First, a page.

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Bain & Company recently released a survey that revealed after two years of employment women lose their aspiration and confidence to reach top management positions in their companies. Although women with less than two years on the job have slightly more ambition than men, those with more experience see their ambition plummet.

What happens in those two years?

Last month the New York City chapter of the SAP Business Women’s Network welcomed two documentary filmmakers who are trying to answer that question – and find a solution.

In her first year out of film school, director Ashley Maria found her ambitious attitude changing due to the insecurity she felt in a male-dominated industry. She decided to use her filmmaking skills to investigate the obstacles of the industry and tell her own story. The project evolved into a documentary called Pioneers in Skirts, exploring how every woman – across every industry – can be a pioneer in pursuit of her career.

Ashley is not only the director – she is also one of the film’s subjects. As she has interviewed countless women, from ambitious teenage girls to powerful CEOs, she has learned how women can fight to keep that ambitious attitude and succeed in the workforce. Here are three of her top takeaways:

  1. Be self-aware. Among her many interview subjects, Ashley has been especially inspired by Kat Cole, the President of Focus Brands, who taught her to look at work situations with an unbiased eye and always assume good intent. Once you become aware that a colleague likely does not mean to insult or discourage, you can reevaluate the situation, decide how to address the behavior that gets you down, and learn how to work with that person going forward. “I have found myself thinking "How would Kat Cole handle this situation" on numerous occasions -- and it works!” says Ashley.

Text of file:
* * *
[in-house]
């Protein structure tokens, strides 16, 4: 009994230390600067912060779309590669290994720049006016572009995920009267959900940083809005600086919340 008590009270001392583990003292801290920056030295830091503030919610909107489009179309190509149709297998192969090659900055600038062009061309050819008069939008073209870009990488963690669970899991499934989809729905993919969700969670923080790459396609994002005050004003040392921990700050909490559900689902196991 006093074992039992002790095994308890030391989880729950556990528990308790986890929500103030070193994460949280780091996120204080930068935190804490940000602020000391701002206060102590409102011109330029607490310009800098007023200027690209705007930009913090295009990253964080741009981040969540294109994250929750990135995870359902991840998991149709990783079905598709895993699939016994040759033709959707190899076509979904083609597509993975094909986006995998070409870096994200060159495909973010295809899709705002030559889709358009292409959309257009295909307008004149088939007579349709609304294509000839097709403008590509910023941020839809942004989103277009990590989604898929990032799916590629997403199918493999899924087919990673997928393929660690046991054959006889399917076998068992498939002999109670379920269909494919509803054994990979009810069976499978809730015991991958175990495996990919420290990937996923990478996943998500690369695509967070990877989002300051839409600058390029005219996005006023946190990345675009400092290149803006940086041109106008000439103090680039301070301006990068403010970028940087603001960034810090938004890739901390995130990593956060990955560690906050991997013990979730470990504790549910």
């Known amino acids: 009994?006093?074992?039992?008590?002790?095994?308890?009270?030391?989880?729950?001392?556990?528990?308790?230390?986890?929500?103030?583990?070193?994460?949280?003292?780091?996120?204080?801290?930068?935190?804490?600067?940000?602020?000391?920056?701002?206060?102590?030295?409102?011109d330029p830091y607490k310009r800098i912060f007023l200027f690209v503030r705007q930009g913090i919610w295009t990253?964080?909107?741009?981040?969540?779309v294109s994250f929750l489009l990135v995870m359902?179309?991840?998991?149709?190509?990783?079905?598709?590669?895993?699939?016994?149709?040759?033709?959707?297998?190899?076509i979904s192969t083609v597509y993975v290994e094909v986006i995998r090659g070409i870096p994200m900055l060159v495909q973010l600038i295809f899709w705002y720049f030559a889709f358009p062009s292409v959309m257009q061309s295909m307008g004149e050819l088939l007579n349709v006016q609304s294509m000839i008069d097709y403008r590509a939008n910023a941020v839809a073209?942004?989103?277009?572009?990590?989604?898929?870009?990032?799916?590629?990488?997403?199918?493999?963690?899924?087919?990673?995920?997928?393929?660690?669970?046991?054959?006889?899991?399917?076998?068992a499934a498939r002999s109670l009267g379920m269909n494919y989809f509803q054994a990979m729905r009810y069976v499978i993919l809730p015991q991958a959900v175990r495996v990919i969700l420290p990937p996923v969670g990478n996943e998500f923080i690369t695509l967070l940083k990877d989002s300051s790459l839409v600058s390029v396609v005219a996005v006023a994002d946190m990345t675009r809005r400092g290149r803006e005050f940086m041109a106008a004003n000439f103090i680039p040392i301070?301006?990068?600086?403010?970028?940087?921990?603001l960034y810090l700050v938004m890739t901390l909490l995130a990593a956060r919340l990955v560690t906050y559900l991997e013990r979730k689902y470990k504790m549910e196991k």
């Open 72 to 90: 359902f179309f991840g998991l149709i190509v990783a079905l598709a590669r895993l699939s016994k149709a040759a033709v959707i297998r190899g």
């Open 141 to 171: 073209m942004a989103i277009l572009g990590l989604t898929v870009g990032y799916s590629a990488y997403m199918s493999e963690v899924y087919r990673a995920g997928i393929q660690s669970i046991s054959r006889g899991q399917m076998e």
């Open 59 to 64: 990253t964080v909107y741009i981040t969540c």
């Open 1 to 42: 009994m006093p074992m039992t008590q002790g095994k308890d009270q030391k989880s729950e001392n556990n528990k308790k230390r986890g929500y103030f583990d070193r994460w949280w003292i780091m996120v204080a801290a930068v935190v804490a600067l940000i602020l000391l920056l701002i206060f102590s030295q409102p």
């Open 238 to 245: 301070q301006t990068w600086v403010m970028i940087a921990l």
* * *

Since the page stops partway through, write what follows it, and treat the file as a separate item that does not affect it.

2. Men are our advocates. “We shouldn’t be the only ones fighting for ourselves,” says Ashley. Women should encourage their male coworkers to be aware of all opinions and be vocal about supporting colleagues of all genders. This means that women should look for male mentors and sponsors along with female ones. The movement for workplace equality “shouldn’t be a man bashing thing,” says Ashley. “It’s about how we all work together.”
  3. Stay curious. Think like a child. While following a group of young girls interested in science and engineering, Ashley realized the importance of holding onto your childlike ambition. “They reminded me a lot of who I used to be when I was 14,” says Ashley, citing their go-getter attitudes and willingness to try anything new, without being stifled by preconceived gender notions. “I look at them, and I think - this is why I’m making this movie,” says Ashley. “I don’t want them to enter their career and be told that they shouldn’t be that way.”
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